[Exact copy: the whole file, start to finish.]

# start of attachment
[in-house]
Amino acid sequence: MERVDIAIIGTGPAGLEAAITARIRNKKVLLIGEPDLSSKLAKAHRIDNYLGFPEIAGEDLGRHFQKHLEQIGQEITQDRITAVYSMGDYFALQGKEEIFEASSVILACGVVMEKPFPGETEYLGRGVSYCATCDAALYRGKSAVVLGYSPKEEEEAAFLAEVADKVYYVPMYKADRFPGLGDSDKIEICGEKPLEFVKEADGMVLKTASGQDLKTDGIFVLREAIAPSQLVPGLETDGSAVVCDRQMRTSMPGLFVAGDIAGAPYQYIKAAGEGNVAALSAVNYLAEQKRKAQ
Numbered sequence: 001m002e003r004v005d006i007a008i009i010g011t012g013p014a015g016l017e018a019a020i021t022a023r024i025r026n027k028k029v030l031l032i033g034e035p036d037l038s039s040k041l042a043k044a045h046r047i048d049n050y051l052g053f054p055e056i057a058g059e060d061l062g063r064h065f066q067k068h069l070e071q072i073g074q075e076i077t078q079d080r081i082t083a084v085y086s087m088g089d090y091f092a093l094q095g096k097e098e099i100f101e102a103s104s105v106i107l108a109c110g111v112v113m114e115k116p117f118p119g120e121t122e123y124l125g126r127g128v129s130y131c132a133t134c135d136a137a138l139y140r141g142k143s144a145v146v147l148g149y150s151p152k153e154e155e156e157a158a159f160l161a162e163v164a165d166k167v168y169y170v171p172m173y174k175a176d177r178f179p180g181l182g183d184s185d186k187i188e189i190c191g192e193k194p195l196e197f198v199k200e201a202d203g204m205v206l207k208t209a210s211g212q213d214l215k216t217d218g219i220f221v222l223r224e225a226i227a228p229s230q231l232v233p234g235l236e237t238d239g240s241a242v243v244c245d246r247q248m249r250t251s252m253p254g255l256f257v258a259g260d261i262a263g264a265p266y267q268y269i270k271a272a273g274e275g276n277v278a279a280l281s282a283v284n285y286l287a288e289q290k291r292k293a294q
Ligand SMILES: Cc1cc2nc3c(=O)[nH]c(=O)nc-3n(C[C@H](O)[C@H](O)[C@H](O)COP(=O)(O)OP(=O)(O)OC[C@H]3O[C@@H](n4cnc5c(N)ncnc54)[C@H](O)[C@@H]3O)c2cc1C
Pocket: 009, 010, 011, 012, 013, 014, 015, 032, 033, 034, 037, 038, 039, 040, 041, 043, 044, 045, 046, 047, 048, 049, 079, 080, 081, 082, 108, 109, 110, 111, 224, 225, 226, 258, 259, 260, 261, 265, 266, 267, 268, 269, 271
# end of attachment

[in-house]
Amino acid sequence: MERVDIAIIGTGPAGLEAAITARIRNKKVLLIGEPDLSSKLAKAHRIDNYLGFPEIAGEDLGRHFQKHLEQIGQEITQDRITAVYSMGDYFALQGKEEIFEASSVILACGVVMEKPFPGETEYLGRGVSYCATCDAALYRGKSAVVLGYSPKEEEEAAFLAEVADKVYYVPMYKADRFPGLGDSDKIEICGEKPLEFVKEADGMVLKTASGQDLKTDGIFVLREAIAPSQLVPGLETDGSAVVCDRQMRTSMPGLFVAGDIAGAPYQYIKAAGEGNVAALSAVNYLAEQKRKAQ
Numbered sequence: 001m002e003r004v005d006i007a008i009i010g011t012g013p014a015g016l017e018a019a020i021t022a023r024i025r026n027k028k029v030l031l032i033g034e035p036d037l038s039s040k041l042a043k044a045h046r047i048d049n050y051l052g053f054p055e056i057a058g059e060d061l062g063r064h065f066q067k068h069l070e071q072i073g074q075e076i077t078q079d080r081i082t083a084v085y086s087m088g089d090y091f092a093l094q095g096k097e098e099i100f101e102a103s104s105v106i107l108a109c110g111v112v113m114e115k116p117f118p119g120e121t122e123y124l125g126r127g128v129s130y131c132a133t134c135d136a137a138l139y140r141g142k143s144a145v146v147l148g149y150s151p152k153e154e155e156e157a158a159f160l161a162e163v164a165d166k167v168y169y170v171p172m173y174k175a176d177r178f179p180g181l182g183d184s185d186k187i188e189i190c191g192e193k194p195l196e197f198v199k200e201a202d203g204m205v206l207k208t209a210s211g212q213d214l215k216t217d218g219i220f221v222l223r224e225a226i227a228p229s230q231l232v233p234g235l236e237t238d239g240s241a242v243v244c245d246r247q248m249r250t251s252m253p254g255l256f257v258a259g260d261i262a263g264a265p266y267q268y269i270k271a272a273g274e275g276n277v278a279a280l281s282a283v284n285y286l287a288e289q290k291r292k293a294q
Ligand SMILES: Cc1cc2nc3c(=O)[nH]c(=O)nc-3n(C[C@H](O)[C@H](O)[C@H](O)COP(=O)(O)OP(=O)(O)OC[C@H]3O[C@@H](n4cnc5c(N)ncnc54)[C@H](O)[C@@H]3O)c2cc1C
Pocket: 009, 010, 011, 012, 013, 014, 015, 032, 033, 034, 037, 038, 039, 040, 041, 043, 044, 045, 046, 047, 048, 049, 079, 080, 081, 082, 108, 109, 110, 111, 224, 225, 226, 258, 259, 260, 261, 265, 266, 267, 268, 269, 271